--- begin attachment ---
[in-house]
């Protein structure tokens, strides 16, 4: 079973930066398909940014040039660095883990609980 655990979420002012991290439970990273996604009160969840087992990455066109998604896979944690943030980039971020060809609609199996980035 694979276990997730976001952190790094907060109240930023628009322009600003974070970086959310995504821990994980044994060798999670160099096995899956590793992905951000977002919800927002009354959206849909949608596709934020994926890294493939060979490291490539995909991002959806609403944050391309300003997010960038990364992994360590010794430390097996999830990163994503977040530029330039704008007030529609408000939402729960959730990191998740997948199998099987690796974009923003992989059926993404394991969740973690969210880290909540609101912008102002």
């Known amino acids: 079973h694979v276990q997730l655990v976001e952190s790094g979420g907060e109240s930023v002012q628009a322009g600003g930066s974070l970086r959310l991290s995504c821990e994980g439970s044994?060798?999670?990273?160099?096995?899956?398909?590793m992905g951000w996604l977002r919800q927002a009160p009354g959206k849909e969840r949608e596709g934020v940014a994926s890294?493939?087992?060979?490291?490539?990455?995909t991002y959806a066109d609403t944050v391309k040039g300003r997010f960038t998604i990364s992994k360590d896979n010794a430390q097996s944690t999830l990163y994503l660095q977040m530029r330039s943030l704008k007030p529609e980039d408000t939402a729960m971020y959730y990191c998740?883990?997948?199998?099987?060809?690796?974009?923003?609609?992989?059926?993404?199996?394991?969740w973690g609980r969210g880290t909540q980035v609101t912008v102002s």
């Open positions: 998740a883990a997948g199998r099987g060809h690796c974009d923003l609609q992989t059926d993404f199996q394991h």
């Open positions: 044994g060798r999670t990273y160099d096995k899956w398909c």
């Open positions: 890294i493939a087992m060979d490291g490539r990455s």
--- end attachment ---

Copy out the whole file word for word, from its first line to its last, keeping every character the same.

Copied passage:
[in-house]
């Protein structure tokens, strides 16, 4: 079973930066398909940014040039660095883990609980 655990979420002012991290439970990273996604009160969840087992990455066109998604896979944690943030980039971020060809609609199996980035 694979276990997730976001952190790094907060109240930023628009322009600003974070970086959310995504821990994980044994060798999670160099096995899956590793992905951000977002919800927002009354959206849909949608596709934020994926890294493939060979490291490539995909991002959806609403944050391309300003997010960038990364992994360590010794430390097996999830990163994503977040530029330039704008007030529609408000939402729960959730990191998740997948199998099987690796974009923003992989059926993404394991969740973690969210880290909540609101912008102002």
């Known amino acids: 079973h694979v276990q997730l655990v976001e952190s790094g979420g907060e109240s930023v002012q628009a322009g600003g930066s974070l970086r959310l991290s995504c821990e994980g439970s044994?060798?999670?990273?160099?096995?899956?398909?590793m992905g951000w996604l977002r919800q927002a009160p009354g959206k849909e969840r949608e596709g934020v940014a994926s890294?493939?087992?060979?490291?490539?990455?995909t991002y959806a066109d609403t944050v391309k040039g300003r997010f960038t998604i990364s992994k360590d896979n010794a430390q097996s944690t999830l990163y994503l660095q977040m530029r330039s943030l704008k007030p529609e980039d408000t939402a729960m971020y959730y990191c998740?883990?997948?199998?099987?060809?690796?974009?923003?609609?992989?059926?993404?199996?394991?969740w973690g609980r969210g880290t909540q980035v609101t912008v102002s």
């Open positions: 998740a883990a997948g199998r099987g060809h690796c974009d923003l609609q992989t059926d993404f199996q394991h």
């Open positions: 044994g060798r999670t990273y160099d096995k899956w398909c």
């Open positions: 890294i493939a087992m060979d490291g490539r990455s």